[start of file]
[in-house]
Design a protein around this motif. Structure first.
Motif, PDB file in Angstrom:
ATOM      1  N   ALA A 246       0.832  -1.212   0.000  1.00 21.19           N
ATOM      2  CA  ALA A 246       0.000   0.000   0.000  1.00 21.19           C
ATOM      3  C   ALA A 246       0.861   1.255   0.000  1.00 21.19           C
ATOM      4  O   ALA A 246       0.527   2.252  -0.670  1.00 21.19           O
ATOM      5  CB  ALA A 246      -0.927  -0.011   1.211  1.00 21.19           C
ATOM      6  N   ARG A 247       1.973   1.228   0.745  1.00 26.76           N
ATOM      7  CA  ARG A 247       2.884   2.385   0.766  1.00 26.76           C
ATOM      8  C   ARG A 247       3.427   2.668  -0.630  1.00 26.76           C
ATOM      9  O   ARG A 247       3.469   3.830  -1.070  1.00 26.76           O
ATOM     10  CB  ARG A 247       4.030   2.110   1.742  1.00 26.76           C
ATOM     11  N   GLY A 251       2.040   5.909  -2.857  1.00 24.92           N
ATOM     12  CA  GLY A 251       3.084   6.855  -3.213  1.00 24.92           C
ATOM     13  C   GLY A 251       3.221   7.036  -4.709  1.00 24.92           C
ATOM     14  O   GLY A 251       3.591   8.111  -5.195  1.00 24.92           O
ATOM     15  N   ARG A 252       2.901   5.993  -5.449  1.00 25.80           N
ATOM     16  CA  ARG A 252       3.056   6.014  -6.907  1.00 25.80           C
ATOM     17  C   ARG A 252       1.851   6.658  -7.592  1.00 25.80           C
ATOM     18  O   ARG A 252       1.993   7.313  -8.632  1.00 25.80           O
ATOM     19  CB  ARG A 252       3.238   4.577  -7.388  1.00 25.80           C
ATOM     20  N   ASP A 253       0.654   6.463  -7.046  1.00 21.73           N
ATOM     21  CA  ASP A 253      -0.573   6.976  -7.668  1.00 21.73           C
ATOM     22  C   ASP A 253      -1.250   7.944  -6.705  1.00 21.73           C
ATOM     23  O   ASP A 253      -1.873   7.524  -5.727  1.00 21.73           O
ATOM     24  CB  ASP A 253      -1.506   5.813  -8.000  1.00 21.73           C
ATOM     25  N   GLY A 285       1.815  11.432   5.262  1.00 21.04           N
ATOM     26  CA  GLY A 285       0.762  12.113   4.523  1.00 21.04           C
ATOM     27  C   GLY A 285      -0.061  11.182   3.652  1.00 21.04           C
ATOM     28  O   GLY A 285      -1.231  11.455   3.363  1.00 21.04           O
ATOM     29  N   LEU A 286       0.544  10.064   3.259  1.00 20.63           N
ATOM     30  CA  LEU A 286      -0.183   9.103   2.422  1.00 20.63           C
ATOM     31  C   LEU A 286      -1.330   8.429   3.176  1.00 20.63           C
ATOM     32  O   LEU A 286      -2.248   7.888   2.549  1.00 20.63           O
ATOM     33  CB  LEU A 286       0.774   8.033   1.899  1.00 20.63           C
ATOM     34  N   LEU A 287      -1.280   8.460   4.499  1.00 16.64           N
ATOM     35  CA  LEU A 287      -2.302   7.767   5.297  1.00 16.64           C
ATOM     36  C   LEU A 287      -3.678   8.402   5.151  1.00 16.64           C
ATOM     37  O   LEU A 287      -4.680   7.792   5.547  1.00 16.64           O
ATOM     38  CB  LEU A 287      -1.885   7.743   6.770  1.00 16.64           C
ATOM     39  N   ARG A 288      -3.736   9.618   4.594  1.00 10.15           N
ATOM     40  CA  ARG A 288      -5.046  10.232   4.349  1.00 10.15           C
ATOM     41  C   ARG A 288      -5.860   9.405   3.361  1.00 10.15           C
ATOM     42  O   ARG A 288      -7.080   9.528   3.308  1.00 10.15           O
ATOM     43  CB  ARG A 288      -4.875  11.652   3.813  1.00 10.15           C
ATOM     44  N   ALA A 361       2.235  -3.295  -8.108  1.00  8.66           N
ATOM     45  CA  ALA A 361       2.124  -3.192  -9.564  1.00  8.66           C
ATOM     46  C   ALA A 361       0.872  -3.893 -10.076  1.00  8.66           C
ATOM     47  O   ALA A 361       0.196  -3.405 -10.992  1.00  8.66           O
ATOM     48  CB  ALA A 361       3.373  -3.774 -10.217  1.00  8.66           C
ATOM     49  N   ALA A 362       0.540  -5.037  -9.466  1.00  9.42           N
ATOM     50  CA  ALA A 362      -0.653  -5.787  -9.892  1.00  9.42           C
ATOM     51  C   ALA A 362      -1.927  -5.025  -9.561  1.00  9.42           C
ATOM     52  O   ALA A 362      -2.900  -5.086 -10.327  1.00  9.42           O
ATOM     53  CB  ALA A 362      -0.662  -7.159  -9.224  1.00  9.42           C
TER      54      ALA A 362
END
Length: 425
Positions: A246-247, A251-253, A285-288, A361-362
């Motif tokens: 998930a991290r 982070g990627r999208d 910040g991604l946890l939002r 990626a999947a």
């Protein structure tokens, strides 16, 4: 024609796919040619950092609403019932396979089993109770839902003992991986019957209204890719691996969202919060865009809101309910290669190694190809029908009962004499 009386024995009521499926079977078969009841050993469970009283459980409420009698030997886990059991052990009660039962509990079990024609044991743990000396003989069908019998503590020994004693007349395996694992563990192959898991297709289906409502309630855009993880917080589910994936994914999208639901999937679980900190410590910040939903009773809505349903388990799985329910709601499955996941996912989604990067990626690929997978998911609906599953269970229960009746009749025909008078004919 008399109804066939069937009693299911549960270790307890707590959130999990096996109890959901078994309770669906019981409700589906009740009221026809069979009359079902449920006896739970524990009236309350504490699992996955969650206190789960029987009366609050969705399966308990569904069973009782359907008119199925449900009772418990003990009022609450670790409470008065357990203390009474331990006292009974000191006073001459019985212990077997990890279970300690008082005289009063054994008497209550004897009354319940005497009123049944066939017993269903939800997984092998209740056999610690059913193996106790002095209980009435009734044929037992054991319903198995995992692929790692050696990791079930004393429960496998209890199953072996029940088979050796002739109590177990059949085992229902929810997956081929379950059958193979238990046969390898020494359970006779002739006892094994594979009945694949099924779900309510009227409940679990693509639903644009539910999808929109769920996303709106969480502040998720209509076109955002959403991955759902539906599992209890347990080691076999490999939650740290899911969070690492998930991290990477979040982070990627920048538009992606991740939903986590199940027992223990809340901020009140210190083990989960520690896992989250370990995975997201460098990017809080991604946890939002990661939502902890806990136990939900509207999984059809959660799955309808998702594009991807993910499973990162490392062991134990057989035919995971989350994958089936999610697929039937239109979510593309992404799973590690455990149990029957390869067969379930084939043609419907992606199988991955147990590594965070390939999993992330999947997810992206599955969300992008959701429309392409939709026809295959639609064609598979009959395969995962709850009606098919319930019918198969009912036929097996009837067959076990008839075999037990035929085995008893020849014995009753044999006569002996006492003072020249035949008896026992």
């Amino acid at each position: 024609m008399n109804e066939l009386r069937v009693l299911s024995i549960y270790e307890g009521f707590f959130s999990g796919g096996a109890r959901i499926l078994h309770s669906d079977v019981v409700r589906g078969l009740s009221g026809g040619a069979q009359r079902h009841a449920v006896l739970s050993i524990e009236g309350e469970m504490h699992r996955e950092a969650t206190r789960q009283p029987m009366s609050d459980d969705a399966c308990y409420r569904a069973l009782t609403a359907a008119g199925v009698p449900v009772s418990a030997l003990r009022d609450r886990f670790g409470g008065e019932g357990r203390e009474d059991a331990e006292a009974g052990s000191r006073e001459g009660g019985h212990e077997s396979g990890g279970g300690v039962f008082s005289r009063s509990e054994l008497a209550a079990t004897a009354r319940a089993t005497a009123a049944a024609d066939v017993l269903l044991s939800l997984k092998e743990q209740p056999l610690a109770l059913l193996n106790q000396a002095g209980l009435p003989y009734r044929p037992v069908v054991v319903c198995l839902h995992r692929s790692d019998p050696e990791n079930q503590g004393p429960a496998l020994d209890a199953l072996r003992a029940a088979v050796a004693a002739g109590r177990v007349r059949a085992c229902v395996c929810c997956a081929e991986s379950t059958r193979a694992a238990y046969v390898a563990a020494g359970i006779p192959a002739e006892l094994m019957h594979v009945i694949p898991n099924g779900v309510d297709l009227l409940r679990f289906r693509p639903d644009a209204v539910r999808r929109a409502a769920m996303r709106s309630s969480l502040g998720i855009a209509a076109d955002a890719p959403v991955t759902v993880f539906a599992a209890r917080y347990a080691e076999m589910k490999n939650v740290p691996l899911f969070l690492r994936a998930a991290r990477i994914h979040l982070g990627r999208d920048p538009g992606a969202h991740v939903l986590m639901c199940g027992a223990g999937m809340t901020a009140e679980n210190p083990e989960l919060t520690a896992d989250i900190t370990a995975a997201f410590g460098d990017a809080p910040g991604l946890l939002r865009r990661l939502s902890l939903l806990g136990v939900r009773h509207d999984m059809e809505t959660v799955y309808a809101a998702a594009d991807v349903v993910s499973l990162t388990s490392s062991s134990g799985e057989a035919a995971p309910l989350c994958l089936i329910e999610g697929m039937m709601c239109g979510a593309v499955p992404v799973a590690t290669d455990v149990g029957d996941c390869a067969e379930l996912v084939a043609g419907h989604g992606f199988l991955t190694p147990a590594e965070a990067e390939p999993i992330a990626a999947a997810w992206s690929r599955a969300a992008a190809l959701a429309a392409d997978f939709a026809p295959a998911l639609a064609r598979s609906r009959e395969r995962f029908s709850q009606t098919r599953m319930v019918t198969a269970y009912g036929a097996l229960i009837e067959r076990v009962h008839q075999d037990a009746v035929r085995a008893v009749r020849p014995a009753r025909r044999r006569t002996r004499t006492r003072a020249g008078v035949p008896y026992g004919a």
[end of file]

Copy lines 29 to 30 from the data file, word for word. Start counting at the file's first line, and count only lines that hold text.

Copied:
ATOM     26  CA  GLY A 285       0.762  12.113   4.523  1.00 21.04           C
ATOM     27  C   GLY A 285      -0.061  11.182   3.652  1.00 21.04           C